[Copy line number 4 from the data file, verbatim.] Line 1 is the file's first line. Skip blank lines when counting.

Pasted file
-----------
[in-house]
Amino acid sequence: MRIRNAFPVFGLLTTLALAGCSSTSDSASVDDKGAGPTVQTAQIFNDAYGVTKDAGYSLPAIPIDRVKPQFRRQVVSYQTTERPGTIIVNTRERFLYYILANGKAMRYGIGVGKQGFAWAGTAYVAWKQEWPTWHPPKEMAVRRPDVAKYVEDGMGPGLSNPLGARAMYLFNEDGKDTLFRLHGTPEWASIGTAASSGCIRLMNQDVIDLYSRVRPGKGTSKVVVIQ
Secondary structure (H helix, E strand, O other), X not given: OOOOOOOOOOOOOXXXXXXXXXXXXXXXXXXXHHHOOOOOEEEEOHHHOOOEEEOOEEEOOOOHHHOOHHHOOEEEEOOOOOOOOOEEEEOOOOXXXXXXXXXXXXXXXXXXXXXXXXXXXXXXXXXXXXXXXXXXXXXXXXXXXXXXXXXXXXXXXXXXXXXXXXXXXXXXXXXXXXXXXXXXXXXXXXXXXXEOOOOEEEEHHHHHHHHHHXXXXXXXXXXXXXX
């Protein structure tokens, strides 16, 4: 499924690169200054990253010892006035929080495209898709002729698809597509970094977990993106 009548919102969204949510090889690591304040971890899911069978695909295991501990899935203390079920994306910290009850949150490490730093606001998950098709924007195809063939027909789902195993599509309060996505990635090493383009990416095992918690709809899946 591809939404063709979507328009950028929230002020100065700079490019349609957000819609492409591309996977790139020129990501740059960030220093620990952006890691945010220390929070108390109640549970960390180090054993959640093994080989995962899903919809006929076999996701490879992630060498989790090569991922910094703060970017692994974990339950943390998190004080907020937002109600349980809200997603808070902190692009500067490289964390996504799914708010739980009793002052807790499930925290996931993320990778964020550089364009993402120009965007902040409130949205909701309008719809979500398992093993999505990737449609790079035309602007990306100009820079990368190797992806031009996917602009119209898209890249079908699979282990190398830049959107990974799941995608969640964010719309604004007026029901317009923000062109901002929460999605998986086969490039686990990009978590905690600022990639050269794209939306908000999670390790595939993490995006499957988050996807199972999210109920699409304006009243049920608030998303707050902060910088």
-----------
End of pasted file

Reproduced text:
């Protein structure tokens, strides 16, 4: 499924690169200054990253010892006035929080495209898709002729698809597509970094977990993106 009548919102969204949510090889690591304040971890899911069978695909295991501990899935203390079920994306910290009850949150490490730093606001998950098709924007195809063939027909789902195993599509309060996505990635090493383009990416095992918690709809899946 591809939404063709979507328009950028929230002020100065700079490019349609957000819609492409591309996977790139020129990501740059960030220093620990952006890691945010220390929070108390109640549970960390180090054993959640093994080989995962899903919809006929076999996701490879992630060498989790090569991922910094703060970017692994974990339950943390998190004080907020937002109600349980809200997603808070902190692009500067490289964390996504799914708010739980009793002052807790499930925290996931993320990778964020550089364009993402120009965007902040409130949205909701309008719809979500398992093993999505990737449609790079035309602007990306100009820079990368190797992806031009996917602009119209898209890249079908699979282990190398830049959107990974799941995608969640964010719309604004007026029901317009923000062109901002929460999605998986086969490039686990990009978590905690600022990639050269794209939306908000999670390790595939993490995006499957988050996807199972999210109920699409304006009243049920608030998303707050902060910088």